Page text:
Open Access. Powered by Scholars. Published by Universities.®

Law Commons

Open Access. Powered by Scholars. Published by Universities.®

Articles 1 - 5 of 5

Full-Text Articles in Law

Law School News: Ncdc Holds Trial Practice Institute At Rwu Law 06-28-2019, Michael M. Bowden Jun 2019

Law School News: Ncdc Holds Trial Practice Institute At Rwu Law 06-28-2019, Michael M. Bowden

Life of the Law School (1993- )

No abstract provided.


Law School News: National Criminal Defense College To Hold Trial Practice Institute At Rwu School Of Law 11/15/2018, Edward Fitzpatrick Nov 2018

Law School News: National Criminal Defense College To Hold Trial Practice Institute At Rwu School Of Law 11/15/2018, Edward Fitzpatrick

Life of the Law School (1993- )

No abstract provided.


The Lessons Of People V. Moscat: Confronting Judicial Bias In Domestic Violence Cases Interpreting Crawford V. Washington, David Jaros Jul 2005

The Lessons Of People V. Moscat: Confronting Judicial Bias In Domestic Violence Cases Interpreting Crawford V. Washington, David Jaros

All Faculty Scholarship

Crawford v. Washington was a groundbreaking decision that radically redefined the scope of the Confrontation Clause. Nowhere has the impact of Crawford and the debate over its meaning been stronger than in the context of domestic violence prosecutions. The particular circumstances that surround domestic violence cases 911 calls that record cries for help and accusations, excited utterances made to responding police officers, and the persistent reluctance of complaining witnesses to cooperate with prosecutors -- combine to make the introduction of "out-of-comment statements" a critical component of many domestic violence prosecutions. Because domestic violence cases are subject to a unique set of ...


Reflections On Client Perjury, Bennett L. Gershman Oct 1987

Reflections On Client Perjury, Bennett L. Gershman

Pace Law Faculty Publications

Most experienced prosecutors, judges, and defense attorneys would probably agree that perjury in the criminal justice system occurs often. Although the frequency of perjury has never empirically been demonstrated, it is not surprising that with so much at stake, prosecution and defense witnesses would be tempted to fabricate testimony to meet the exigencies of the case. Detecting and dealing with perjurious testimony, however, is another matter. Implicated are complex legal and ethical problems for both prosecutors and defense attorneys. The judiciary's response to these problems, moreover, has largely been formalistic, without enunciating sufficiently clear standards to guide future behavior.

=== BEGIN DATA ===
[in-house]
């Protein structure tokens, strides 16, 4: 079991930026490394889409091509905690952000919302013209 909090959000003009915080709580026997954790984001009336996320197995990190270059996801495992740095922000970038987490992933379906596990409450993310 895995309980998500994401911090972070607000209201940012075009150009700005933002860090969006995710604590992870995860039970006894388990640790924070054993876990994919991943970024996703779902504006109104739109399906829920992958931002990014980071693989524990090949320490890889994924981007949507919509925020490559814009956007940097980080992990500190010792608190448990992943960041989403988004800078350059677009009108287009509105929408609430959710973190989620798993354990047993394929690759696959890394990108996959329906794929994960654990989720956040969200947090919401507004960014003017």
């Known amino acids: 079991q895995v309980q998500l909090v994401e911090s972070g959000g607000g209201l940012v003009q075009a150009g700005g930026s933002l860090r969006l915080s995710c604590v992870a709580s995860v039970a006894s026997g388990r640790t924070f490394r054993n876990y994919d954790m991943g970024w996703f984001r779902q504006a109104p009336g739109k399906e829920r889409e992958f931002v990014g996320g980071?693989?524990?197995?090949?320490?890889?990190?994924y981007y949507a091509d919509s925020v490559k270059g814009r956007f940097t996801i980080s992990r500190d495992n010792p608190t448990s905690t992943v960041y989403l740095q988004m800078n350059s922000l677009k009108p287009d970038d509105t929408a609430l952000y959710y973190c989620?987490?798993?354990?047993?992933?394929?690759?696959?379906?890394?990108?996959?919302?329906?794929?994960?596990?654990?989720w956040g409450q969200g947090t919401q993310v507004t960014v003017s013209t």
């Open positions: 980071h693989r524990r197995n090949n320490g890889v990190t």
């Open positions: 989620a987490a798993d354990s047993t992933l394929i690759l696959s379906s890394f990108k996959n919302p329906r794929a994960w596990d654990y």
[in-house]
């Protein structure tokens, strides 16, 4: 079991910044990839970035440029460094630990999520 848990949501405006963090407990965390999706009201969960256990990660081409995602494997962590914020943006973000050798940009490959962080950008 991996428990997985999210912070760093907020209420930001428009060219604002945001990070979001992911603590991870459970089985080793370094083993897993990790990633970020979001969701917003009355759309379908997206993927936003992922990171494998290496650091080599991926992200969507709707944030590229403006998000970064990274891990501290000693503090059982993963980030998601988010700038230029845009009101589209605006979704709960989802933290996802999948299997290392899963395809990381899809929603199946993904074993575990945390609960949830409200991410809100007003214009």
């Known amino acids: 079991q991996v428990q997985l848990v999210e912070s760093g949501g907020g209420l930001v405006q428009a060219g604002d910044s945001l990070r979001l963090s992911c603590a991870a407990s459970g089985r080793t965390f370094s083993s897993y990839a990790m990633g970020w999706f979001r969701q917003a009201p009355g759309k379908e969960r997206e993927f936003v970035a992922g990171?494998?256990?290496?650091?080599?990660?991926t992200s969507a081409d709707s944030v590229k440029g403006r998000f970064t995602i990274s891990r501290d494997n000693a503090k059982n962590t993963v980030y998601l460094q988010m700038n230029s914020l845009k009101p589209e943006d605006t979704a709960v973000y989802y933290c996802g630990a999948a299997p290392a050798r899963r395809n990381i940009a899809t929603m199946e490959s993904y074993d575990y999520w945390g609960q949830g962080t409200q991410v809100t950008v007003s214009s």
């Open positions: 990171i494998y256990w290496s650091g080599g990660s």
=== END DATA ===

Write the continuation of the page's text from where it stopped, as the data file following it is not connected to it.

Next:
Presuming Lawyers Competent To Protect Fundamental Rights: Is It An Affordable Fiction?, Robert G. Lawson Jan 1978

Presuming Lawyers Competent To Protect Fundamental Rights: Is It An Affordable Fiction?, Robert G. Lawson

Law Faculty Scholarly Articles

This article explores the ramifications of Wainwright v. Sykes, a case decided before the Supreme Court of the United States in 1977. The broad question before the Court in Sykes concerned the extent to which state prisoners should have access to federal court by use of the writ of habeas corpus. The narrow issue before the Court concerned the impact on a prisoner's claim for habeas relief of procedural defaults (such as a failure to object to evidence, a failure to perfect an appeal, etc.) that occur in the state proceeding under attack. In considering these important issues Justice ...